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UK Government Plans to Reach 300,000 EV Charging Points by 2030 Face Criticism for Slow Rollout

 

The UK government’s plans to have 300,000 electric vehicle (EV) charging points by 2030 have faced criticism from motoring groups, who argue that the rollout is not keeping up with the growing demand.

Currently, there are approximately 30,000 public EV charging points in the UK. The Department for Transport (DfT) aims to significantly increase this number through a £500 million scheme, with £450 million allocated to boost public charging stations and on-street charging for individuals without driveways.

The DfT’s plan, which is part of the £1.6 billion Electric Vehicle Infrastructure Strategy, is set to include measures ensuring that drivers can compare prices and pay through contactless card systems. Operators will also be required to provide real-time data on the status of chargepoints and develop apps for customers to locate nearby available charging points. Additionally, a reliability rate of 99% will be mandated for rapid chargepoints.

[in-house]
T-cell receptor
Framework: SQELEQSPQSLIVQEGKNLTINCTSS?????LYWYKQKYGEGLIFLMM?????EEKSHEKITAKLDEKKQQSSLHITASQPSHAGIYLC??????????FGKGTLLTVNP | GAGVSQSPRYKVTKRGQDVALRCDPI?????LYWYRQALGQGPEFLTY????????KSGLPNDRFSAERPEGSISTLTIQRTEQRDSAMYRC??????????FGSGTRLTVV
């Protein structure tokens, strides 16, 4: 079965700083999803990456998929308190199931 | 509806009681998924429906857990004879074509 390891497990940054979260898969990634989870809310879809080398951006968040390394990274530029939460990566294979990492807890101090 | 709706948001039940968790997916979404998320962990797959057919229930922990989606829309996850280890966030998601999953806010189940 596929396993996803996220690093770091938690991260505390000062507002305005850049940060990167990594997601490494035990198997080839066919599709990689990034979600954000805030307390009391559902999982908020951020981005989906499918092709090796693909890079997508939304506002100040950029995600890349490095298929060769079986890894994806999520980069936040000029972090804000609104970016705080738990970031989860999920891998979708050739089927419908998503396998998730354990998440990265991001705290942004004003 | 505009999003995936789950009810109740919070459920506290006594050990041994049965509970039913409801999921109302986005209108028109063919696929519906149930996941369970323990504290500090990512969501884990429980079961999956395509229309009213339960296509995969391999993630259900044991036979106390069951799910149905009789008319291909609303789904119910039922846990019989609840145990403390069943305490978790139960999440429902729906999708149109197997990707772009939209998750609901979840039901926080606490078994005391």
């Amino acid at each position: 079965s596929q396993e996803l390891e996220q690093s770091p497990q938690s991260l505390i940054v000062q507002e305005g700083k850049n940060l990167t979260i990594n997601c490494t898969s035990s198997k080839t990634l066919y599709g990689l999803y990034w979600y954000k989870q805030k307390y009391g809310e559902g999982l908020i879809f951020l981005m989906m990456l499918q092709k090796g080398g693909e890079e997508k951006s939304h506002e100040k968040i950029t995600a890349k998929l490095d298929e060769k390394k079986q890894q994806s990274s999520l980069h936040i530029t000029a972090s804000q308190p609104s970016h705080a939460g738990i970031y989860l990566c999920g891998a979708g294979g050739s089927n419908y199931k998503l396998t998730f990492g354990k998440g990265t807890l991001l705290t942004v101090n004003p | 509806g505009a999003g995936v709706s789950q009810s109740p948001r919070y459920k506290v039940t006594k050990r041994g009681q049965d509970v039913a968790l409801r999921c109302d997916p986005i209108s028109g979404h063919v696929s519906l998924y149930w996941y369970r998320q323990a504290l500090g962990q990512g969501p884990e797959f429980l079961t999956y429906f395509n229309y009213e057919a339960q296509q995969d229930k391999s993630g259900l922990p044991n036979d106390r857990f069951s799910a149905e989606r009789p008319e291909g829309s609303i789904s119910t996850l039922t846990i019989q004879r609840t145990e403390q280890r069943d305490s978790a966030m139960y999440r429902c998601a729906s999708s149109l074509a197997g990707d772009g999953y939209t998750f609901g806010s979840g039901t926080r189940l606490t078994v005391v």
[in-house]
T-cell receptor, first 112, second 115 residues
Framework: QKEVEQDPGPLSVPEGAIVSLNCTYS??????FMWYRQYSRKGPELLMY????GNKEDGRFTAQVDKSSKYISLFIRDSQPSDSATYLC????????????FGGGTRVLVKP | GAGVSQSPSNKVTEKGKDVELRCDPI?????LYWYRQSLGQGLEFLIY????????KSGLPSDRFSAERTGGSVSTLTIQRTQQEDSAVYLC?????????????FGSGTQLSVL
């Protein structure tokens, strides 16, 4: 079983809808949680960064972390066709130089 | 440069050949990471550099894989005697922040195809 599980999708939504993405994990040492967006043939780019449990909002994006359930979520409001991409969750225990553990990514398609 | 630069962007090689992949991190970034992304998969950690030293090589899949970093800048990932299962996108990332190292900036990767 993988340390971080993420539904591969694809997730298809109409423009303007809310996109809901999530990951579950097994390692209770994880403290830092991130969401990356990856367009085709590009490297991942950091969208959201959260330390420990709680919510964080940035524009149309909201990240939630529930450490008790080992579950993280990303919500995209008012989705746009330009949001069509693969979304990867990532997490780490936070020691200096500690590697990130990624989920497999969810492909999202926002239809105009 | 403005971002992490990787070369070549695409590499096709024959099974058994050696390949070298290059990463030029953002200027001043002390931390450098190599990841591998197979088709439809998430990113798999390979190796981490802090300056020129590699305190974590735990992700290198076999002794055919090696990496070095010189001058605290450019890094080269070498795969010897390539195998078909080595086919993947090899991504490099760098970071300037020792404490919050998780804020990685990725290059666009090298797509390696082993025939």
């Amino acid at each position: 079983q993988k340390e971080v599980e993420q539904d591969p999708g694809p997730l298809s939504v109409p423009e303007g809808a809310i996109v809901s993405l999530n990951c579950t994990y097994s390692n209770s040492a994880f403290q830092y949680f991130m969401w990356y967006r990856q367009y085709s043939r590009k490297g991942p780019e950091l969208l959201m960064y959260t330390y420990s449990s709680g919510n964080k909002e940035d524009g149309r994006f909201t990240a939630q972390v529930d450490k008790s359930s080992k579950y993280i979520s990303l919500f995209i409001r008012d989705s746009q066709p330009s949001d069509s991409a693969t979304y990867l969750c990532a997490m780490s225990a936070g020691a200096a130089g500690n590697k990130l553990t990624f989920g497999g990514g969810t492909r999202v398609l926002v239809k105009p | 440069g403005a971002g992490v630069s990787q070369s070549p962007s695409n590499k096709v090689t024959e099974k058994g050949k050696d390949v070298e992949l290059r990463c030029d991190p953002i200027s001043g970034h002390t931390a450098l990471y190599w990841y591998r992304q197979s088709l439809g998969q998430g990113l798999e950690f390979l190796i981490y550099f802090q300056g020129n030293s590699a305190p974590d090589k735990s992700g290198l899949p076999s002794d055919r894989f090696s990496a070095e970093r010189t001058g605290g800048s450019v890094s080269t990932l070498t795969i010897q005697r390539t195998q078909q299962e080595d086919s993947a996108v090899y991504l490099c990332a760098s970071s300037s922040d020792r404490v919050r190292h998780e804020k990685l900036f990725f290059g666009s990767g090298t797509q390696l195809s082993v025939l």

While the target of 300,000 chargepoints by 2030 seems ambitious, the RAC expressed concerns about its sufficiency to meet the growing demand for EV charging. The motoring group highlighted that the number of chargers needs to be accelerated, as the installation timeline must align with the mass switch to electric vehicles before the 2030 ban on the sale of new petrol and diesel cars.

Motoring organizations also stressed the need for attention to rural areas, which currently face a lack of charging infrastructure. They called for increased investment in reliable and accessible charging points to instill confidence in potential electric car drivers.

Transport Secretary Grant Shapps acknowledged that the number of electric vehicles on the roads will eventually lead to a shift from fuel duty to road pricing or tolls. He also emphasized the long-term cost savings of electric cars, despite acknowledging that they are currently slightly more expensive to purchase than petrol or diesel vehicles.

While the government’s plans aim to advance the UK’s charging network and support the growth of the EV market, critics, including Sir John Armitt from the National Infrastructure Commission, argued that more action is needed to bridge the gap between net-zero policy aspirations and actual progress.

As the number of EVs on UK roads continues to rise, the availability, reliability, and accessibility of charging infrastructure will play a pivotal role in enabling a smooth transition to electric mobility and achieving the country’s sustainability goals.

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